Researchers published a study concerning the rate of environmental change occurring today, that is unprecedented in Earth’s history.
Scientists from the University of Bristol Cabot Institute concluded a study on the current rate of environmental change, compared to that which occurred during natural events in Earth’s history.
The research published online on 4 January in Nature Geoscience, reconstructs the changes in atmospheric carbon dioxide during a global environmental change event that occurred about 120 Million years ago.
New geochemical data provide evidence that pCO2 increased in response to volcanic outgassing and remained high for around 1.5-2 million years, until enhanced organic matter burial in an oxygen-poor ocean caused a return to original levels.
Lead author Dr David Naafs, said:
“Past records of climate change must be well characterised if we want to understand how it affected or will affect ecosystems. It has been suggested that the event we studied is a suitable analogue to what is happening today due to human activity and that a rapid increase in pCO2 caused ocean acidification and a biological crisis amongst a group of calcifying marine algae. Our work confirms that there was a large increase in pCO2. The change, however, appears to have been far slower than that of today, taking place over hundreds of thousands of years, rather than the centuries over which human activity is increasing atmospheric carbon dioxide levels. So despite earlier claims, our research indicates that it is extremely unlikely that widespread surface ocean acidification occurred during this event.”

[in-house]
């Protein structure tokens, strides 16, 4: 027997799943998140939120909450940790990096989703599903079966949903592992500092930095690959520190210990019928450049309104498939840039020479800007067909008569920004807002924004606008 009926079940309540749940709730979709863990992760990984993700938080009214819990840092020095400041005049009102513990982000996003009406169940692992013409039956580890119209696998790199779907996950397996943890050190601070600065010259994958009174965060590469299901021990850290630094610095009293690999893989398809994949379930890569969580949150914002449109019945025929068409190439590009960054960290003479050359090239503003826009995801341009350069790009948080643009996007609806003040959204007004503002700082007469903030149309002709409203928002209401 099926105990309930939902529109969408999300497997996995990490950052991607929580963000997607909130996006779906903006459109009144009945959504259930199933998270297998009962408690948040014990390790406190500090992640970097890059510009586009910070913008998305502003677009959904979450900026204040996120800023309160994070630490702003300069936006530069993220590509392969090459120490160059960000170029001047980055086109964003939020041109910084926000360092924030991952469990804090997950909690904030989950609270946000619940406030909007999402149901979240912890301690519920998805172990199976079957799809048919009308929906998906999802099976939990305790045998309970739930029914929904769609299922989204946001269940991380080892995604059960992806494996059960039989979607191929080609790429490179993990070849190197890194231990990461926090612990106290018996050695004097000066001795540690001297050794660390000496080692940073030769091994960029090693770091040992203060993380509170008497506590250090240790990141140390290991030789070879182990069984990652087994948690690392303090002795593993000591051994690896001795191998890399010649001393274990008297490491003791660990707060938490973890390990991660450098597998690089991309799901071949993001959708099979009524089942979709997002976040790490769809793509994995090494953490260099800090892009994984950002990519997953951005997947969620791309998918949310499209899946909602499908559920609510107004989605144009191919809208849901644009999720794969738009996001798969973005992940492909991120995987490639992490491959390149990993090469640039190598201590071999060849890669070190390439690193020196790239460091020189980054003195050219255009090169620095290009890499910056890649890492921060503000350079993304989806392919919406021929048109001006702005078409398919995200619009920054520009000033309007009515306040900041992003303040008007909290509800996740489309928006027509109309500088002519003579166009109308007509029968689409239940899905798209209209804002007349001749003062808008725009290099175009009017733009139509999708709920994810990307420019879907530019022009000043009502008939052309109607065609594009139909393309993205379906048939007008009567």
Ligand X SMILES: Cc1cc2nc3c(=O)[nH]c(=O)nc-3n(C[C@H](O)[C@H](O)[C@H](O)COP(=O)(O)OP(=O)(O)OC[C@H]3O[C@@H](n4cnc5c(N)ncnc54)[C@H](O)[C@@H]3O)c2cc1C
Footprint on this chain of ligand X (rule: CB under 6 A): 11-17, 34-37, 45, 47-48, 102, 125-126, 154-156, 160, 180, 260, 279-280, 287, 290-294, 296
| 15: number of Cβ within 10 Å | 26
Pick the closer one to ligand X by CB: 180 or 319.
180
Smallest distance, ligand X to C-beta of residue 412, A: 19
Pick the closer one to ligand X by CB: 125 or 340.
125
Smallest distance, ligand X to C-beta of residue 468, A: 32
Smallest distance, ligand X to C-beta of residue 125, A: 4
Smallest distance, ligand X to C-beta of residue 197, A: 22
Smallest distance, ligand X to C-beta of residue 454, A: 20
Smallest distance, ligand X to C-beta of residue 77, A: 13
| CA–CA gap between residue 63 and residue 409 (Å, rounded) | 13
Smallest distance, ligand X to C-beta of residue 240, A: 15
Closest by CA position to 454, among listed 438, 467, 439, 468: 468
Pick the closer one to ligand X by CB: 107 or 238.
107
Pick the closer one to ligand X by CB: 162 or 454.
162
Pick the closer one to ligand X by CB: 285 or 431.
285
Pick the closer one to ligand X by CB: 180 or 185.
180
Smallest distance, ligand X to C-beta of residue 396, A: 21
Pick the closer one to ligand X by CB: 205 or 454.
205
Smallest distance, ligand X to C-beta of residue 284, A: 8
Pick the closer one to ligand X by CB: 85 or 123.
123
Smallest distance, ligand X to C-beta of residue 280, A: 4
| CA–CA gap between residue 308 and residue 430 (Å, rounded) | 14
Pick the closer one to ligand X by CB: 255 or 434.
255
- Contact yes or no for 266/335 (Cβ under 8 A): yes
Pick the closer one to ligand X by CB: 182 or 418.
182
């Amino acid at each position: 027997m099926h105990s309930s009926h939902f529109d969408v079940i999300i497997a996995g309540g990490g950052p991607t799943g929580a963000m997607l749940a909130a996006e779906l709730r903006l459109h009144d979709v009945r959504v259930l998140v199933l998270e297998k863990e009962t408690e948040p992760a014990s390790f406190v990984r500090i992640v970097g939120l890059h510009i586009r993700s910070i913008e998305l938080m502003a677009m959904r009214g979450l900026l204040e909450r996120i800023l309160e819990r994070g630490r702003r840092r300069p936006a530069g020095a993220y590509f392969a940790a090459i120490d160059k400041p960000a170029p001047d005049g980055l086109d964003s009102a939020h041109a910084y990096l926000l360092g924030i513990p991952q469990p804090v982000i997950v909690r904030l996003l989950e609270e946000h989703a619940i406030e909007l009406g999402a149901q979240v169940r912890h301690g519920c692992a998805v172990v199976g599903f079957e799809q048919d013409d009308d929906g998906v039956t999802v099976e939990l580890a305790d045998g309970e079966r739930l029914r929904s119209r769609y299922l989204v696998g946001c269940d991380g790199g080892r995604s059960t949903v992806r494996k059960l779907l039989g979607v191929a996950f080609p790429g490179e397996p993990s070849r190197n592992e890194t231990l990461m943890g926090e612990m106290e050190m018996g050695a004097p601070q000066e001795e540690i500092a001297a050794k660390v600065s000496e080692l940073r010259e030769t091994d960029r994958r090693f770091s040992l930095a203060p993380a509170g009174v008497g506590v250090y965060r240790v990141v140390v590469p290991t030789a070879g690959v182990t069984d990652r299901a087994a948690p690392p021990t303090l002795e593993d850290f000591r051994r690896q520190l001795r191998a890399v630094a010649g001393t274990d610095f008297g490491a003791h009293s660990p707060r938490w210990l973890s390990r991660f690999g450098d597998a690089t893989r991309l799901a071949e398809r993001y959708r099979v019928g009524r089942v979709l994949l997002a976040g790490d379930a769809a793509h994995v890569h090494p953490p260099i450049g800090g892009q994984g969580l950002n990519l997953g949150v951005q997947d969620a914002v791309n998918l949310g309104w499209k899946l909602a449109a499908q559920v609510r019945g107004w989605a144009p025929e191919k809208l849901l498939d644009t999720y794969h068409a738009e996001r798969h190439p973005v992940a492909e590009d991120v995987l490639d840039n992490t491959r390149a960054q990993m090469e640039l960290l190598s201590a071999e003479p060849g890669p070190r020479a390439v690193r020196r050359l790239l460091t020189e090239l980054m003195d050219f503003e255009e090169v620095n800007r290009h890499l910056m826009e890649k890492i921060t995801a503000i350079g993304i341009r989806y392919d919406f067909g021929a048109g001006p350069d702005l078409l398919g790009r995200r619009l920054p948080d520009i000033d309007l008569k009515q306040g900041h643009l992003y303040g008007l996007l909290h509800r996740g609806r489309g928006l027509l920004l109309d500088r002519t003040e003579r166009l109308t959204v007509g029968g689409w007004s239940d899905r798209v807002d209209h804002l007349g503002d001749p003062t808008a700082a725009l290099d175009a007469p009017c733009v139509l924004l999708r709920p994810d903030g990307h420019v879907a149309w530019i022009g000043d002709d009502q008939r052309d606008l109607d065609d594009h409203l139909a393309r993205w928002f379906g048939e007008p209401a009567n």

The observation that yet another putative ‘rapid’ geological event is occurring perhaps a thousand times slower than today and not associated with widespread surface ocean acidification has been the focus of much recent research at the University of Bristol.
Co-author Professor Daniela Schmidt, who was also a Lead Author on the IPCC WGII report on Ocean systems, explains:
“The rate of environmental change occurring today is largely unprecedented in Earth history.”
“This is another example that the current rate of environmental change has few if any precedents in Earth history, and this has big implications for thinking about both past and future change.”
Image credit University of Bristol Cabot Institute